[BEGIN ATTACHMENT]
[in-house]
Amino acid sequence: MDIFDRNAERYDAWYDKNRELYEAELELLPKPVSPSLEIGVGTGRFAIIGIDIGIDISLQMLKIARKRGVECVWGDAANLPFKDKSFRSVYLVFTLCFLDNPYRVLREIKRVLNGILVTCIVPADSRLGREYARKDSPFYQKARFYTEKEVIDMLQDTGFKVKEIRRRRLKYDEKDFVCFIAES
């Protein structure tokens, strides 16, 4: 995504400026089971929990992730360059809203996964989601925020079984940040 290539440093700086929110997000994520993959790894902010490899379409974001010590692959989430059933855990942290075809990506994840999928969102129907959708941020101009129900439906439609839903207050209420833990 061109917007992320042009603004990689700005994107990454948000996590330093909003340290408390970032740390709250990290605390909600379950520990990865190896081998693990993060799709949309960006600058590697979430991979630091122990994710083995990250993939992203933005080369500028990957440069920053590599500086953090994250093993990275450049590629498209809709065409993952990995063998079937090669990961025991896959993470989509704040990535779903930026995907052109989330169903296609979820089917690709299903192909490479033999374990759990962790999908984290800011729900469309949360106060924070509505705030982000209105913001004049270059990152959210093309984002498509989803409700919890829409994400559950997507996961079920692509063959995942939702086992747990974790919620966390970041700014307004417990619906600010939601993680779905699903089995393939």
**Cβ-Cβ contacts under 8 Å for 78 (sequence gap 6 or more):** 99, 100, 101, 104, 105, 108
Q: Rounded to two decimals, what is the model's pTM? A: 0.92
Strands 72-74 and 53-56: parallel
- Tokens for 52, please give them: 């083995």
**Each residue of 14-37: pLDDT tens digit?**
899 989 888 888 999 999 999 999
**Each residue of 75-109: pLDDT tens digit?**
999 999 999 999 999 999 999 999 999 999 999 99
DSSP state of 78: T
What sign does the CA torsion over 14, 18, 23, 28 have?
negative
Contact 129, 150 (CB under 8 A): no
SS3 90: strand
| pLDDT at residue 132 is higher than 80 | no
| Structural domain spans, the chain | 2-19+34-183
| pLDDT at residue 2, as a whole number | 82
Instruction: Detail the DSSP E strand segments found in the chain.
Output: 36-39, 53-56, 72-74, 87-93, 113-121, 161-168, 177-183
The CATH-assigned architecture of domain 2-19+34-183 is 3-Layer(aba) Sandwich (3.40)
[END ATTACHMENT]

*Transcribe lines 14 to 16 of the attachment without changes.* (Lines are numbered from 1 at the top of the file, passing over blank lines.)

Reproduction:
negative
Contact 129, 150 (CB under 8 A): no
SS3 90: strand